Trays are solid plates with holes and they work as containing devices by holding a fixed amount of liquid or vapor at a certain temperature and pressure. The vapor rises up the column and passes through the holes or slots. The liquid is distributed evenly across the plate, and the gas bubbles through the liquid. As the trays fill up with the distillate, the distiller opens a valve to collect it. The two main types of trays are:  

  • Sieve: Have slots for gas to flow through and is ideal to use when distilling solids. 
  • Valve: Comprise holes with opening and closing valves that regulate the vapor flow. 

Bubble (cap) plates are a type of tray with caps, or what is commonly referred to as standoffs. Similar to trays, they work as containing devices. Here’s a breakdown of how they operate:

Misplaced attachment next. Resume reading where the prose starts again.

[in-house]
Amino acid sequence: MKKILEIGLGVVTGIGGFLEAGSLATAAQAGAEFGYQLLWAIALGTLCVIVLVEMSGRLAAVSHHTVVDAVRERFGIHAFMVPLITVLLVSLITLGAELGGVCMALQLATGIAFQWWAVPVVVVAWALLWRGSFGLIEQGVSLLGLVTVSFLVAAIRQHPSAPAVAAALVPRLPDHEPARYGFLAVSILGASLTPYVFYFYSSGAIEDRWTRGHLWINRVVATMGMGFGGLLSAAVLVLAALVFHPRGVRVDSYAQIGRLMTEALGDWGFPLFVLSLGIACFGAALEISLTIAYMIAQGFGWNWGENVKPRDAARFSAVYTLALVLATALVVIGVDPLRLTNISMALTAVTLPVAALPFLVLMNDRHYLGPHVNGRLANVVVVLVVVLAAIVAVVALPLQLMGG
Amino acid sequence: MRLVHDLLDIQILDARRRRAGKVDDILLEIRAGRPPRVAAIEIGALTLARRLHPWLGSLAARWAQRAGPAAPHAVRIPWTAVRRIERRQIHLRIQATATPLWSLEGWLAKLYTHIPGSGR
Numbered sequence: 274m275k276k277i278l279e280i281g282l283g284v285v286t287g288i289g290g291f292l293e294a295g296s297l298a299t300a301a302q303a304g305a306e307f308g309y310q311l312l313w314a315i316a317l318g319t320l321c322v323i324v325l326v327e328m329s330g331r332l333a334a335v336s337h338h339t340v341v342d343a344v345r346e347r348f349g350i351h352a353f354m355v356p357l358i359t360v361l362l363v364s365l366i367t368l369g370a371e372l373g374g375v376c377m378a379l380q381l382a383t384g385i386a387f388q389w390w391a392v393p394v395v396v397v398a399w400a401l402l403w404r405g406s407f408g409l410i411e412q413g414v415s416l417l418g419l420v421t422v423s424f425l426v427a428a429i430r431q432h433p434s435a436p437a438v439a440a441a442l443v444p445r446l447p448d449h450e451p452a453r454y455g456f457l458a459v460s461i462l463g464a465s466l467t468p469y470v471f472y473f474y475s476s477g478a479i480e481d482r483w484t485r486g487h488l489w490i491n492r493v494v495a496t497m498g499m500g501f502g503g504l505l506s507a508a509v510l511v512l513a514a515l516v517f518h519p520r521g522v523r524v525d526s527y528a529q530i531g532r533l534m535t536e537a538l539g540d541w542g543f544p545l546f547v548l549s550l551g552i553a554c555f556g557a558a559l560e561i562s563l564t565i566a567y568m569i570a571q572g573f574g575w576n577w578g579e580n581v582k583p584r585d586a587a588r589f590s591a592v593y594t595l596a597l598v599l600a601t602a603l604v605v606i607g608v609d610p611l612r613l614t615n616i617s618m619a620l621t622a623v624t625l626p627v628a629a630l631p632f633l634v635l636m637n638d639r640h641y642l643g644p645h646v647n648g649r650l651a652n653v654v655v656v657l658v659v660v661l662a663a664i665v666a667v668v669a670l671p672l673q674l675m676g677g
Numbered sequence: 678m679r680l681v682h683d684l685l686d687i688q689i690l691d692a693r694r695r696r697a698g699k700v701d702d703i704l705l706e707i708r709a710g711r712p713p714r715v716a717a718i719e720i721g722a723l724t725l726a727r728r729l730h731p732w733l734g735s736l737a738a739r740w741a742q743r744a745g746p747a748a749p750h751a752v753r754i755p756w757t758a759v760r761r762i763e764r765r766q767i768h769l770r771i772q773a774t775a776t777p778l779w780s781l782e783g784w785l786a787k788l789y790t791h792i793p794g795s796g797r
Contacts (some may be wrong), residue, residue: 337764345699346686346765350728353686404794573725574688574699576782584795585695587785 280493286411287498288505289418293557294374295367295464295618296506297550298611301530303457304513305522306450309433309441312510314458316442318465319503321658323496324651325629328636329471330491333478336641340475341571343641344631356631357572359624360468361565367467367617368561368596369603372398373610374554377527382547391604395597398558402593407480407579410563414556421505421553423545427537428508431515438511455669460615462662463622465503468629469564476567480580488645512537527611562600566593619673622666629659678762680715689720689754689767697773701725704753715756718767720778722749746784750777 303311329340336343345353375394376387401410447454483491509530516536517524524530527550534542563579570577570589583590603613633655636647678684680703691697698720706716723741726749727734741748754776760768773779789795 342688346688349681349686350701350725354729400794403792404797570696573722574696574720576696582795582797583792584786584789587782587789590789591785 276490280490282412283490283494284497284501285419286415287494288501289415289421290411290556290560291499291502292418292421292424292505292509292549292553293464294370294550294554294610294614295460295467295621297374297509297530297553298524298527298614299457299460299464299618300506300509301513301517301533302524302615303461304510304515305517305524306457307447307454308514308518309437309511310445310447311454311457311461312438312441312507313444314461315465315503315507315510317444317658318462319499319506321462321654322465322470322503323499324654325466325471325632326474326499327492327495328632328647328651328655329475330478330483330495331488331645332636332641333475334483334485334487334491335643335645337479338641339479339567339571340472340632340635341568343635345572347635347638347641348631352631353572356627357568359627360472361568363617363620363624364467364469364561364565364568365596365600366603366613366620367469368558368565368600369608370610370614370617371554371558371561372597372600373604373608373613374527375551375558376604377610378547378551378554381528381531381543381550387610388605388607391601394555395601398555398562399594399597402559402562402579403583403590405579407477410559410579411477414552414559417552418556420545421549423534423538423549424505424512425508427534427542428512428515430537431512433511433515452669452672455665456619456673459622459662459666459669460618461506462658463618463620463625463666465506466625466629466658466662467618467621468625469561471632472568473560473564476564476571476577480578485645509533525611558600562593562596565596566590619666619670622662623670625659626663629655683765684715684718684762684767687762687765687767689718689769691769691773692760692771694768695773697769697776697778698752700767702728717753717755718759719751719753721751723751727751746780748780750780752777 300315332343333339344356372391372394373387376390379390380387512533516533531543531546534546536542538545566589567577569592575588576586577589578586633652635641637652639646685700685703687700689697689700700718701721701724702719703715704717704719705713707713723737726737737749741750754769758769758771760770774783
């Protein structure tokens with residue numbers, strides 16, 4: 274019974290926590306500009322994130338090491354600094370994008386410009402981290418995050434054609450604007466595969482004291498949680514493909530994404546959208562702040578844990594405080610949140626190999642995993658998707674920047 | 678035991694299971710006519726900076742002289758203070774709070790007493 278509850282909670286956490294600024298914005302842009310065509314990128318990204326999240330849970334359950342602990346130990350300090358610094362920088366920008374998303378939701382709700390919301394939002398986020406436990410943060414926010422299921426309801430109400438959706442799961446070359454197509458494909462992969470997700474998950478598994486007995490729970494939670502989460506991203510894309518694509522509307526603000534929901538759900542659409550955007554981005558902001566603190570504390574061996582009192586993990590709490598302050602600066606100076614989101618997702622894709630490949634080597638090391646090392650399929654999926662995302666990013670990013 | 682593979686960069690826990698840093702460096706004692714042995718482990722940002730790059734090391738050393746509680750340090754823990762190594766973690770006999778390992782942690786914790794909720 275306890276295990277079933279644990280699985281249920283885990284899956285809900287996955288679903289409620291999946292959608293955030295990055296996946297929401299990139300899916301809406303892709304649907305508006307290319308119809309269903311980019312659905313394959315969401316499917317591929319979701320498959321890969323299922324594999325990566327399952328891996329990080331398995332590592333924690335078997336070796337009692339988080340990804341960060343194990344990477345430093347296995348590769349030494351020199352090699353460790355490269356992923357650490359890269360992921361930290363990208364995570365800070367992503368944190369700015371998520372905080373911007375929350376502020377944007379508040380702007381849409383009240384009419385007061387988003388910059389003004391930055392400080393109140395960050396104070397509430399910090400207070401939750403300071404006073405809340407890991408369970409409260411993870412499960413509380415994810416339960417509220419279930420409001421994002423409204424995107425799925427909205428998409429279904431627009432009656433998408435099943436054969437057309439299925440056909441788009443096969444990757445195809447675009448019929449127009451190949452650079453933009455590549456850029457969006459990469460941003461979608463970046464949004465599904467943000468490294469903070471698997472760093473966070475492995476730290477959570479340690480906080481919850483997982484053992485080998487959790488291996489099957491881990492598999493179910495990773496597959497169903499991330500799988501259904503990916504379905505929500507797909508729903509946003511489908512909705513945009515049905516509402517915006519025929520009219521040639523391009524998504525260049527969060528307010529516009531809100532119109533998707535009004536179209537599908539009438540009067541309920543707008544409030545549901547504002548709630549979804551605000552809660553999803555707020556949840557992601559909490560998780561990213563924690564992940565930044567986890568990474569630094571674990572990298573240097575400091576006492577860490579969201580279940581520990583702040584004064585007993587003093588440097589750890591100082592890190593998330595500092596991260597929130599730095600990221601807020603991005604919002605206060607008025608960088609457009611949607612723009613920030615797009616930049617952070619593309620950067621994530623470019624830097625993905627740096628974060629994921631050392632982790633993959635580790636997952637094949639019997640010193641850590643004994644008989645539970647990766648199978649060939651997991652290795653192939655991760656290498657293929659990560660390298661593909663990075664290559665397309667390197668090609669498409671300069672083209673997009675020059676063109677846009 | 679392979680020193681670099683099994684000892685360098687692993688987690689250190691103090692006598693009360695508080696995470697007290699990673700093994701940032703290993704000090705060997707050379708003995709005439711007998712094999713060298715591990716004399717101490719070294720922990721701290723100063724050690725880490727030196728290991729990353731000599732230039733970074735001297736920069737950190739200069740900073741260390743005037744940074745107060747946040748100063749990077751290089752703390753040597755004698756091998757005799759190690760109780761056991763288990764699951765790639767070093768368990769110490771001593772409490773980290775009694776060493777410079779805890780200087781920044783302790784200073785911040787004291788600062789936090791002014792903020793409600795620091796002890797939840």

• The vapor rises through the holes and into a reflux condenser. 
  • Once pre-condensed, the liquid drops and is evenly distributed across the plate. 
  • When the plate is filled with liquid it re-vaporizes, which creates the bubbling effect. The same action happens on each of the plates. 
  • The excess liquid drops past a downward-facing standoff called the downcomer, while the pure liquid (ethanol) exits the condenser. 

The table below summarizes the differences between packing, trays, and bubble plates

Aspect PackingTraysBubble Plates
TypesRandom or StructuredMainly sieves or valvesA type of tray with caps or valves
Pressure DropLower (reduced energy consumption)Higher (may require more energy) Higher (may require more energy)
CapacityLower (may have limitations on liquid and vapor flow rates)Higher (less susceptible to flooding)Higher (less susceptible to flooding)
EfficiencyHigher (better separation with fewer stages or shorter column height)Lower (may require more stages or taller column height)Lower (may require more stages or taller column height)